Sanusi Bracing for Shocks to Nigeria’s Fiscal Spending, Dashes Hope of Lower Rates

Sanusi Lamido Sanusi, Central Bank of Nigeria (CBN)’s governor said he is bracing for public spending “shocks” as the country prepares to vote in 2015, reducing the chance of lower interest rates.
“Toward the elections there will be a supplementary budget,” Sanusi said in an interview on Bloomberg TV’s African Business Weekly program, due to be broadcast tomorrow at 5 p.m. local time in Abuja, the capital. “I don’t think I have seen an election cycle in any country in which the government has not spent money.”
Sanusi held the bank’s key interest rate at a record high of 12 percent on Nov. 19 and said policy makers may raise borrowing costs if government spending surges in a pre-election year. While President Goodluck Jonathan has pledged to keep the budget deficit under control, oil revenue has slumped this year and lawmakers are pushing to boost expenditure, adding to pressure on inflation.
“We are bracing ourselves for the possibility of shocks from the fiscal side, and we will have to respond on monetary side,” Sanusi said in the interview, which was conducted in the capital, Abuja. “We have always made it very clear that if we have to tighten then we will tighten.”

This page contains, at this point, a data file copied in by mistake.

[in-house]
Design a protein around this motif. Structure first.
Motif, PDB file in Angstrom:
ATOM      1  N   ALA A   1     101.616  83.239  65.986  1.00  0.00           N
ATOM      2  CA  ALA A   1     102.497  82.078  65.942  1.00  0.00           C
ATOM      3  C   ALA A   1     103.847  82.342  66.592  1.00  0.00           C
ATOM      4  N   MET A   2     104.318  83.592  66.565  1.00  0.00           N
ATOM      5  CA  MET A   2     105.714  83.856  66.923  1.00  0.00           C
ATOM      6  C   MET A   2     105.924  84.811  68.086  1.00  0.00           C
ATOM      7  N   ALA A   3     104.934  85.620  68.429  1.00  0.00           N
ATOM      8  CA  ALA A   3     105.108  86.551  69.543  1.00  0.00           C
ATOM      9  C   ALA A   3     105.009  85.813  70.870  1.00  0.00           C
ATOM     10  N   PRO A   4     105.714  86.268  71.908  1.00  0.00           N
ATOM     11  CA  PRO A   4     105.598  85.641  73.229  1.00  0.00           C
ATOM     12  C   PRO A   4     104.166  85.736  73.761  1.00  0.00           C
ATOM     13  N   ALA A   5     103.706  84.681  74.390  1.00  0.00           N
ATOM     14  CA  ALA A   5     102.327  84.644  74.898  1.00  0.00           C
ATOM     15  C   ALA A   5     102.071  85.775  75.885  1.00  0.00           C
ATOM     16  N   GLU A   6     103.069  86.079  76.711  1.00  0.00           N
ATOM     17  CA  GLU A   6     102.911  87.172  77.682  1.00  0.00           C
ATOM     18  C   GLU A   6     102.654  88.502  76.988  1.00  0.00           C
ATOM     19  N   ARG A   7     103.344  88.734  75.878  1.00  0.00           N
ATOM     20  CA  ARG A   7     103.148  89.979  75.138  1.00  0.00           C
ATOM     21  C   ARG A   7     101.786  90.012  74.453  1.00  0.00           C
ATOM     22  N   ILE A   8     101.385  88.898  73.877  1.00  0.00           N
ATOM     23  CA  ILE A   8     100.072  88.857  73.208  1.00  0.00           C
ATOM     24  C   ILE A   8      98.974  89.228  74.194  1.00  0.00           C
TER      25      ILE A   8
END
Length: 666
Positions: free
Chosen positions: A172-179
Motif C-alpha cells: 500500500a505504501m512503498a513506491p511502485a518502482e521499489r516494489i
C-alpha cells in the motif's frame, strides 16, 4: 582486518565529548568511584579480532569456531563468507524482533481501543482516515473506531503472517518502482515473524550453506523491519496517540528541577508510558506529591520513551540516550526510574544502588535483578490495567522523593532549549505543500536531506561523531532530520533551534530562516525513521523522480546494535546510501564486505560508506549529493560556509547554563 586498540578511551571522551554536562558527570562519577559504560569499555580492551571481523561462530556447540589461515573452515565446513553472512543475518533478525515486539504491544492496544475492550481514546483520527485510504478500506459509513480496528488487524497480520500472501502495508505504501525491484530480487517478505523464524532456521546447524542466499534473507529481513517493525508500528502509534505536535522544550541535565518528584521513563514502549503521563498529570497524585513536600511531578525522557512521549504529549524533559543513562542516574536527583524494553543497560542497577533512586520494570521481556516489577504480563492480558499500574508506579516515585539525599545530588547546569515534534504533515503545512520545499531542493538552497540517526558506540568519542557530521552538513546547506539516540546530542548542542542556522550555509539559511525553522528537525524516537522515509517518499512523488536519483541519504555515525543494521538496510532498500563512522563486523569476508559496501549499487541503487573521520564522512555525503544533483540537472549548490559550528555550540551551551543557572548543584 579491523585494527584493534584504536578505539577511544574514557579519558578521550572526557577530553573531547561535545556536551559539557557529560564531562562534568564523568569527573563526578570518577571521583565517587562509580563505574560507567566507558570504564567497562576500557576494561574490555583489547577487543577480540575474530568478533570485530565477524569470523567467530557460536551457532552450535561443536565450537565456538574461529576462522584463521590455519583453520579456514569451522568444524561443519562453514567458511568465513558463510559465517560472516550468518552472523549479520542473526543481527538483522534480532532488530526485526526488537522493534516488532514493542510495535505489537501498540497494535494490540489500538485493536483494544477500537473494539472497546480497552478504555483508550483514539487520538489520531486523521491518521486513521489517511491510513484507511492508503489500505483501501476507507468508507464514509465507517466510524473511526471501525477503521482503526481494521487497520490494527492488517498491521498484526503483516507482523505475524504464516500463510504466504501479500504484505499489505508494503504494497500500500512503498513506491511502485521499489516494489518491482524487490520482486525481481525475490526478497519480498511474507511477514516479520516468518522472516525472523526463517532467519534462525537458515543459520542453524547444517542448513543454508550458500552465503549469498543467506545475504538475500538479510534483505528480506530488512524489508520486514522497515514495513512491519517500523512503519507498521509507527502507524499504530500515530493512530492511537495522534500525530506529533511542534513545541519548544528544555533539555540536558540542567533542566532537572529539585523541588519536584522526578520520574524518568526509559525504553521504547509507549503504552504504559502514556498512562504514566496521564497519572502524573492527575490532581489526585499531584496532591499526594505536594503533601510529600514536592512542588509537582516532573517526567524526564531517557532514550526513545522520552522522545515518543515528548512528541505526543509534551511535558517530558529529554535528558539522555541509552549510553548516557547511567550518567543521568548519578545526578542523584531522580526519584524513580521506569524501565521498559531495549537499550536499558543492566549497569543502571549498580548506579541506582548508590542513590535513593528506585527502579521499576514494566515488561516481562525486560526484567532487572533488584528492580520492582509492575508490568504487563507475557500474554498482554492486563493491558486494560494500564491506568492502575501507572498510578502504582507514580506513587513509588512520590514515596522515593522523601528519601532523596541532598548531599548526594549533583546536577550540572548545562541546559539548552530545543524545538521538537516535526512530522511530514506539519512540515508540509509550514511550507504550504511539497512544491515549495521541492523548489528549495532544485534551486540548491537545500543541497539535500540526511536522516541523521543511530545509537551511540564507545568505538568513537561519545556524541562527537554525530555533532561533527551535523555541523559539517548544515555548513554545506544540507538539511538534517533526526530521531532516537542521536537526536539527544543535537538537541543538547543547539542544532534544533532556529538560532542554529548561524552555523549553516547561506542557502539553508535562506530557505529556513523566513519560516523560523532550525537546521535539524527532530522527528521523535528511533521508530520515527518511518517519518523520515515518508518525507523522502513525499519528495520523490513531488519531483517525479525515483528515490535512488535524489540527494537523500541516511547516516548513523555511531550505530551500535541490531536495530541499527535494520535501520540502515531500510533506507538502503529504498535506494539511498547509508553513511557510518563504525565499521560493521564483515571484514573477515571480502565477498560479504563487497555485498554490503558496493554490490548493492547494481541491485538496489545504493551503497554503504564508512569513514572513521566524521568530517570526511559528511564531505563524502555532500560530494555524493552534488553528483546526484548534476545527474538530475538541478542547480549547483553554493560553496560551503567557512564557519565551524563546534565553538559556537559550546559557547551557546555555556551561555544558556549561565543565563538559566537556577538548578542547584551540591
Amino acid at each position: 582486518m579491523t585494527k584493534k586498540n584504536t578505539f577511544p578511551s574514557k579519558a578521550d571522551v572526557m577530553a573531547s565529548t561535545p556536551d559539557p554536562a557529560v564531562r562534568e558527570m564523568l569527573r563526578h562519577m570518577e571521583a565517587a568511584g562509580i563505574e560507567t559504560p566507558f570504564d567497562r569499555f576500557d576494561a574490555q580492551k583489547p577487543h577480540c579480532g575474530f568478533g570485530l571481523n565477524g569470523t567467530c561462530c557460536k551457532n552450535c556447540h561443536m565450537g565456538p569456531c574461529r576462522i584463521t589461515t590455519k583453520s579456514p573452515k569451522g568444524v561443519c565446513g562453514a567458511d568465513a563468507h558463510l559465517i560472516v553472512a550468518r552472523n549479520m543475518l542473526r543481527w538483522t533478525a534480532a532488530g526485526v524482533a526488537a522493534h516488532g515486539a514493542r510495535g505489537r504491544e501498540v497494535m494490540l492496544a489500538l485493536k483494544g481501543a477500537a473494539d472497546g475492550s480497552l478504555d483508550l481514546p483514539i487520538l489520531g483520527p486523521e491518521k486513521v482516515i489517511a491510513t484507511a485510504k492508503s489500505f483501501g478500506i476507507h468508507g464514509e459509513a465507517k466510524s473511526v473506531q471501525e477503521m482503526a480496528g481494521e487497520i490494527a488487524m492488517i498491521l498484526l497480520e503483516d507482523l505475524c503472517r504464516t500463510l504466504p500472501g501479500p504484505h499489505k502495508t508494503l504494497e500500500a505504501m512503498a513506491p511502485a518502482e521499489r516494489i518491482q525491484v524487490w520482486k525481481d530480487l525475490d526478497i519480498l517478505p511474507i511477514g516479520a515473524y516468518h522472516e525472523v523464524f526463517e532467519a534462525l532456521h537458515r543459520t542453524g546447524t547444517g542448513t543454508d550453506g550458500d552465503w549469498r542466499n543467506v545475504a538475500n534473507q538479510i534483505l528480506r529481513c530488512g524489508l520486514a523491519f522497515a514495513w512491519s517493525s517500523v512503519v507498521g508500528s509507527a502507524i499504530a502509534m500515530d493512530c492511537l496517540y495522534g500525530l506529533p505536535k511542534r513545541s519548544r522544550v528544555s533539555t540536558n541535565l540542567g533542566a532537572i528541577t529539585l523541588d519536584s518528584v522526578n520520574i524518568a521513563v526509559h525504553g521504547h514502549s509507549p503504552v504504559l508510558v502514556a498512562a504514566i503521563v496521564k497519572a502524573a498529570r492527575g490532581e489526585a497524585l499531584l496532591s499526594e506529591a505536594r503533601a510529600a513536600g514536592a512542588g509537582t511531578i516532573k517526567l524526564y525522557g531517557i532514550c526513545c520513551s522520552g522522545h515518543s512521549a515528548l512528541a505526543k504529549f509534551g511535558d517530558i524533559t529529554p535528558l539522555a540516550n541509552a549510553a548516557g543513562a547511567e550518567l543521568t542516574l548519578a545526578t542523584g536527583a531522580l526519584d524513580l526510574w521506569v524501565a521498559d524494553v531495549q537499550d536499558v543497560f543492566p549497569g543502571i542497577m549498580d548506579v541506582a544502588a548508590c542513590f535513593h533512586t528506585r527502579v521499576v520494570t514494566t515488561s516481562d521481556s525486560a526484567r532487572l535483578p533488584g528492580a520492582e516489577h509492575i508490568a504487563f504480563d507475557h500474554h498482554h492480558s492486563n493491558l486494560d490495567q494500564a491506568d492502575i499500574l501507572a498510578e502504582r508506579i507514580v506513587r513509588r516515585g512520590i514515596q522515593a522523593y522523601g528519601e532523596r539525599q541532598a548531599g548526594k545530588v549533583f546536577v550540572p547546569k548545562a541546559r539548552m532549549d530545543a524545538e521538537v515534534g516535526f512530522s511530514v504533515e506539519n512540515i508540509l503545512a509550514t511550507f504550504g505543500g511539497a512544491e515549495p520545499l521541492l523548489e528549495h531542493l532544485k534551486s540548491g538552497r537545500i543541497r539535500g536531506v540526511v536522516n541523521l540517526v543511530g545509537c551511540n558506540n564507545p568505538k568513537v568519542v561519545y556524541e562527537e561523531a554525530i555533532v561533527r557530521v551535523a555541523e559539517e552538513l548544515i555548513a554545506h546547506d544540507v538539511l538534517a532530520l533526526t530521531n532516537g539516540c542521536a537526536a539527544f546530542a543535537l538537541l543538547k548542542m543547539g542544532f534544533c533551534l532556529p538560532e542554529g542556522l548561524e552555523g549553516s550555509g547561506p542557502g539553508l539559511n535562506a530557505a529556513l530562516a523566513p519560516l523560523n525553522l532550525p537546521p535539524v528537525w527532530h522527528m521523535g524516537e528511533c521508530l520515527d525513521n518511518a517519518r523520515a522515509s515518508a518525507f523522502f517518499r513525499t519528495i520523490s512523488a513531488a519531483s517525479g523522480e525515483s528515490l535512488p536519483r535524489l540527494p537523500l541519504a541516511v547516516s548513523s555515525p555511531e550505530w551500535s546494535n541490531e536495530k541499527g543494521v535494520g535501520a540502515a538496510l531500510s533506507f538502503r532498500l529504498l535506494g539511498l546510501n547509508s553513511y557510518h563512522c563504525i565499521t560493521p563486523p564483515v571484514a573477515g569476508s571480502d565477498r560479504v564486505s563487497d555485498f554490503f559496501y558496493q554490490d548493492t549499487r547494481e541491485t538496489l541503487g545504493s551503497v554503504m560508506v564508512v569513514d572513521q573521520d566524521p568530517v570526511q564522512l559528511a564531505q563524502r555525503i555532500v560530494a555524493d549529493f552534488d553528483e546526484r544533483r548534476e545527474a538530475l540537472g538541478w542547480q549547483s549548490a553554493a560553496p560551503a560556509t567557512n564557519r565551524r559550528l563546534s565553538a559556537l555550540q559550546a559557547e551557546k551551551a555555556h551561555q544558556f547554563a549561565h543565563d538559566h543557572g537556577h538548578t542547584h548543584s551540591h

Jonathan, 56, who sought medical attention yesterday during a trip to London, postponed his 2014 budget speech twice this month, delaying it on Nov. 19 after lawmakers failed to agree on the benchmark oil price in the spending plan. Oil accounts for about 80 percent of government revenue in Nigeria, Africa’s biggest crude producer.
Sanusi, who is due to leave his position when his term ends in June, raised concerns about high recurrent spending in the budget, such as salaries.
“There’s a lot of money in there that’s recurrent expenditure and overheads, and when you go down and start looking at the fine lines and the numbers, they’re quite frightening,” Sanusi said. “And there’s a significant reduction in capital spending, which is a problem.”
The Central Bank of Nigeria has kept its benchmark rate unchanged since October 2011 to help stabilize the naira and keep inflation under control. Consumer prices rose at the slowest pace in more than five years in October, gaining 7.8 percent from a year ago, while the naira has gained 1.1 percent against the dollar since the beginning of September to trade at 158.65 as of 2:08 p.m. in Lagos, the commercial capital.
The 2015 election will be the stiffest test yet for Jonathan’s ruling People’s Democratic Party, which has been in power since military rule ended in Nigeria in 1999. Four main opposition parties joined forces this year to fight Jonathan, who has not yet said whether he will stand for re-election. The PDP has also been hit by an internal crisis amid defections by party members, including former Vice President Atiku Abubakar.

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